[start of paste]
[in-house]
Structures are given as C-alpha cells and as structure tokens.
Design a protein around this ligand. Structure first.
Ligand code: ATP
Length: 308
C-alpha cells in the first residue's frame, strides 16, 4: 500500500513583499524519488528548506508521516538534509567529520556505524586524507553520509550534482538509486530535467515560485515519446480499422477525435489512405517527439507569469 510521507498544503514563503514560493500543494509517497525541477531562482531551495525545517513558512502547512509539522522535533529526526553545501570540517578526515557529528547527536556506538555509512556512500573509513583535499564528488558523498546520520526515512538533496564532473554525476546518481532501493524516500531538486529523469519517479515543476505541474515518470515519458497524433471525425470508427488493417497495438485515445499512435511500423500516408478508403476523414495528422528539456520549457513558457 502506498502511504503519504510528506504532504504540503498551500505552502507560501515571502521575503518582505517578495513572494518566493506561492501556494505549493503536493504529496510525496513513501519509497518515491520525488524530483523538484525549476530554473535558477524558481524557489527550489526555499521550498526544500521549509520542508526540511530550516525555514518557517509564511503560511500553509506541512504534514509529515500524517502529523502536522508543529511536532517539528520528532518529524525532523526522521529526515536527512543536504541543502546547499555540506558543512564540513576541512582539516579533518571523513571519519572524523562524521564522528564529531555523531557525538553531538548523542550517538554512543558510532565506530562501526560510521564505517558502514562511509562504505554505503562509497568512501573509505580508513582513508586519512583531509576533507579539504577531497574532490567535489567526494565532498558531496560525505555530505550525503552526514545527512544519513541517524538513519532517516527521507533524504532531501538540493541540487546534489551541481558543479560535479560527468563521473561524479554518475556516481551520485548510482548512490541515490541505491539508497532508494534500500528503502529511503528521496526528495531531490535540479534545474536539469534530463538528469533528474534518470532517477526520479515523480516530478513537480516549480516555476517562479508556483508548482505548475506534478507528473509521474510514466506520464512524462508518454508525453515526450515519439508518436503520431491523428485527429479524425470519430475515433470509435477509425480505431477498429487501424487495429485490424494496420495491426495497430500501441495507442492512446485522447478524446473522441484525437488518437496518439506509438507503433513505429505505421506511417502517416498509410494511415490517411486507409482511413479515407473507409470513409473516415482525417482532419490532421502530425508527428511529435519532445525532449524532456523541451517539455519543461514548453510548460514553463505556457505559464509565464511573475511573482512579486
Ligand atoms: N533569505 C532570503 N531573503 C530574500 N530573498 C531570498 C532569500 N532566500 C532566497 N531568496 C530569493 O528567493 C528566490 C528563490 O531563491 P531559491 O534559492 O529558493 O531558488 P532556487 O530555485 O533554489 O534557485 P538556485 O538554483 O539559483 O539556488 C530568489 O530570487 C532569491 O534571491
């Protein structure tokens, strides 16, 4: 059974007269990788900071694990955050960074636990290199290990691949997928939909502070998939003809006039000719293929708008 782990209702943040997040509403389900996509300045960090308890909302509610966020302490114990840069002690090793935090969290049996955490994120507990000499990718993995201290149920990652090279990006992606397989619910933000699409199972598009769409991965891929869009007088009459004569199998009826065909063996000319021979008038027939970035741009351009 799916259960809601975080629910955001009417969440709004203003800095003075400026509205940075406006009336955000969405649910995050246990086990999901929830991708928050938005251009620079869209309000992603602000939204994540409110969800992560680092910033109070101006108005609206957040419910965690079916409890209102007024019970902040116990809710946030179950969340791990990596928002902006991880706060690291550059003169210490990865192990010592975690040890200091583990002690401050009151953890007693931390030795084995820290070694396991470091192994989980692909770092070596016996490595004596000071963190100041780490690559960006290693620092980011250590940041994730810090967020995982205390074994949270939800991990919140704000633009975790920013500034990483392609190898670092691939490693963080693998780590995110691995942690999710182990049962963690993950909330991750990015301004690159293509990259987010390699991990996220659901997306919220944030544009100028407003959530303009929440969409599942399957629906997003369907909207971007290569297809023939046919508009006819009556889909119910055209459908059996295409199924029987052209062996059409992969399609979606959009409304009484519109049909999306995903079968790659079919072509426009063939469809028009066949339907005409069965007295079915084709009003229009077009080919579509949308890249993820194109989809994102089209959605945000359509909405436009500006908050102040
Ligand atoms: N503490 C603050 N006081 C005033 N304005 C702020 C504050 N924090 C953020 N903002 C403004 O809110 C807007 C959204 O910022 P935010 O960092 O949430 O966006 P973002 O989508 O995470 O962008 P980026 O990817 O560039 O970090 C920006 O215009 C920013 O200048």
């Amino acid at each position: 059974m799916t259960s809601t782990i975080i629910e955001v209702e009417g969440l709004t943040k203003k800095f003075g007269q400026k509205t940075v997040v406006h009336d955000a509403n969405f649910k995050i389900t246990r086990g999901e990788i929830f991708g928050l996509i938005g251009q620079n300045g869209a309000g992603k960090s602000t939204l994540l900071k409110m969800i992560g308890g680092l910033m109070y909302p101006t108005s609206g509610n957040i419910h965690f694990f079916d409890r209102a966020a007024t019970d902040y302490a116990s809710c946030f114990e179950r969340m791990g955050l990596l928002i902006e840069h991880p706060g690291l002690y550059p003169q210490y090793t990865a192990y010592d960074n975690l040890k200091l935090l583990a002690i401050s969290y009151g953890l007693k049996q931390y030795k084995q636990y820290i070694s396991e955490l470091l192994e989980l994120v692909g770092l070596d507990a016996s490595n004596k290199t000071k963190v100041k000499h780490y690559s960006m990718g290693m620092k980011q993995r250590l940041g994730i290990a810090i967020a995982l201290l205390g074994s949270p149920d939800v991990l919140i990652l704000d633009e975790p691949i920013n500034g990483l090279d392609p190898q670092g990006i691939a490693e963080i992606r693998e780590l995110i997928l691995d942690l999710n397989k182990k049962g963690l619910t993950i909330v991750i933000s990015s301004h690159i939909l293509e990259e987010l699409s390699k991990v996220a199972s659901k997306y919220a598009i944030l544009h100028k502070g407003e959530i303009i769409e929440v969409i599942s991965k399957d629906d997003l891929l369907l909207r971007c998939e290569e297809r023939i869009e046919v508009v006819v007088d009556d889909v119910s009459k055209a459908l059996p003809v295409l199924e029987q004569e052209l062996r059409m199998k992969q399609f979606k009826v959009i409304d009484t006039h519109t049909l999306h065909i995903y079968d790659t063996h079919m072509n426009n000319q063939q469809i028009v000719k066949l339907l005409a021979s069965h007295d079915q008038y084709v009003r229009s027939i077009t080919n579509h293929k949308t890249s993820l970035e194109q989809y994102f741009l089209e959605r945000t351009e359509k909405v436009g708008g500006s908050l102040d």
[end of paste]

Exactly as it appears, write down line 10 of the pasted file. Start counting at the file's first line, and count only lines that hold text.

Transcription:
């Amino acid at each position: 059974m799916t259960s809601t782990i975080i629910e955001v209702e009417g969440l709004t943040k203003k800095f003075g007269q400026k509205t940075v997040v406006h009336d955000a509403n969405f649910k995050i389900t246990r086990g999901e990788i929830f991708g928050l996509i938005g251009q620079n300045g869209a309000g992603k960090s602000t939204l994540l900071k409110m969800i992560g308890g680092l910033m109070y909302p101006t108005s609206g509610n957040i419910h965690f694990f079916d409890r209102a966020a007024t019970d902040y302490a116990s809710c946030f114990e179950r969340m791990g955050l990596l928002i902006e840069h991880p706060g690291l002690y550059p003169q210490y090793t990865a192990y010592d960074n975690l040890k200091l935090l583990a002690i401050s969290y009151g953890l007693k049996q931390y030795k084995q636990y820290i070694s396991e955490l470091l192994e989980l994120v692909g770092l070596d507990a016996s490595n004596k290199t000071k963190v100041k000499h780490y690559s960006m990718g290693m620092k980011q993995r250590l940041g994730i290990a810090i967020a995982l201290l205390g074994s949270p149920d939800v991990l919140i990652l704000d633009e975790p691949i920013n500034g990483l090279d392609p190898q670092g990006i691939a490693e963080i992606r693998e780590l995110i997928l691995d942690l999710n397989k182990k049962g963690l619910t993950i909330v991750i933000s990015s301004h690159i939909l293509e990259e987010l699409s390699k991990v996220a199972s659901k997306y919220a598009i944030l544009h100028k502070g407003e959530i303009i769409e929440v969409i599942s991965k399957d629906d997003l891929l369907l909207r971007c998939e290569e297809r023939i869009e046919v508009v006819v007088d009556d889909v119910s009459k055209a459908l059996p003809v295409l199924e029987q004569e052209l062996r059409m199998k992969q399609f979606k009826v959009i409304d009484t006039h519109t049909l999306h065909i995903y079968d790659t063996h079919m072509n426009n000319q063939q469809i028009v000719k066949l339907l005409a021979s069965h007295d079915q008038y084709v009003r229009s027939i077009t080919n579509h293929k949308t890249s993820l970035e194109q989809y994102f741009l089209e959605r945000t351009e359509k909405v436009g708008g500006s908050l102040d």